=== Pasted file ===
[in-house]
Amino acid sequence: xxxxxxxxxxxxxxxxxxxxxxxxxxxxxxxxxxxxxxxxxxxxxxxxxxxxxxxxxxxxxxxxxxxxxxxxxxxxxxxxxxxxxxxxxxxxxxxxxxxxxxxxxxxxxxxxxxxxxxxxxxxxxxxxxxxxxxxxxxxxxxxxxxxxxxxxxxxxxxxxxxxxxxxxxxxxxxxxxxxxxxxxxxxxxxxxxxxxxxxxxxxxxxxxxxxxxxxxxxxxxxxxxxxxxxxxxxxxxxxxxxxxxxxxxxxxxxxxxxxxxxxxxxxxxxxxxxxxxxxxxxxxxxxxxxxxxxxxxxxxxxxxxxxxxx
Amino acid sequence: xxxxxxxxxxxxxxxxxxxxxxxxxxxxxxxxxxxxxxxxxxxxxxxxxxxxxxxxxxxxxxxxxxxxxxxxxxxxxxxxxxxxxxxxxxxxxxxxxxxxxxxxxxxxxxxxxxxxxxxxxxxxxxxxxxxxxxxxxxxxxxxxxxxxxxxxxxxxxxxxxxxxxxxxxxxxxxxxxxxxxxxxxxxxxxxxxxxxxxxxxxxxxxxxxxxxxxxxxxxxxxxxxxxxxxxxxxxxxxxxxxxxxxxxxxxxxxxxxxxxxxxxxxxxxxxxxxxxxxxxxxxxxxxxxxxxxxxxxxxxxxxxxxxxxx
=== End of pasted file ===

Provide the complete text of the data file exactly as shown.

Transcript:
[in-house]
Amino acid sequence: xxxxxxxxxxxxxxxxxxxxxxxxxxxxxxxxxxxxxxxxxxxxxxxxxxxxxxxxxxxxxxxxxxxxxxxxxxxxxxxxxxxxxxxxxxxxxxxxxxxxxxxxxxxxxxxxxxxxxxxxxxxxxxxxxxxxxxxxxxxxxxxxxxxxxxxxxxxxxxxxxxxxxxxxxxxxxxxxxxxxxxxxxxxxxxxxxxxxxxxxxxxxxxxxxxxxxxxxxxxxxxxxxxxxxxxxxxxxxxxxxxxxxxxxxxxxxxxxxxxxxxxxxxxxxxxxxxxxxxxxxxxxxxxxxxxxxxxxxxxxxxxxxxxxxx
Amino acid sequence: xxxxxxxxxxxxxxxxxxxxxxxxxxxxxxxxxxxxxxxxxxxxxxxxxxxxxxxxxxxxxxxxxxxxxxxxxxxxxxxxxxxxxxxxxxxxxxxxxxxxxxxxxxxxxxxxxxxxxxxxxxxxxxxxxxxxxxxxxxxxxxxxxxxxxxxxxxxxxxxxxxxxxxxxxxxxxxxxxxxxxxxxxxxxxxxxxxxxxxxxxxxxxxxxxxxxxxxxxxxxxxxxxxxxxxxxxxxxxxxxxxxxxxxxxxxxxxxxxxxxxxxxxxxxxxxxxxxxxxxxxxxxxxxxxxxxxxxxxxxxxxxxxxxxxx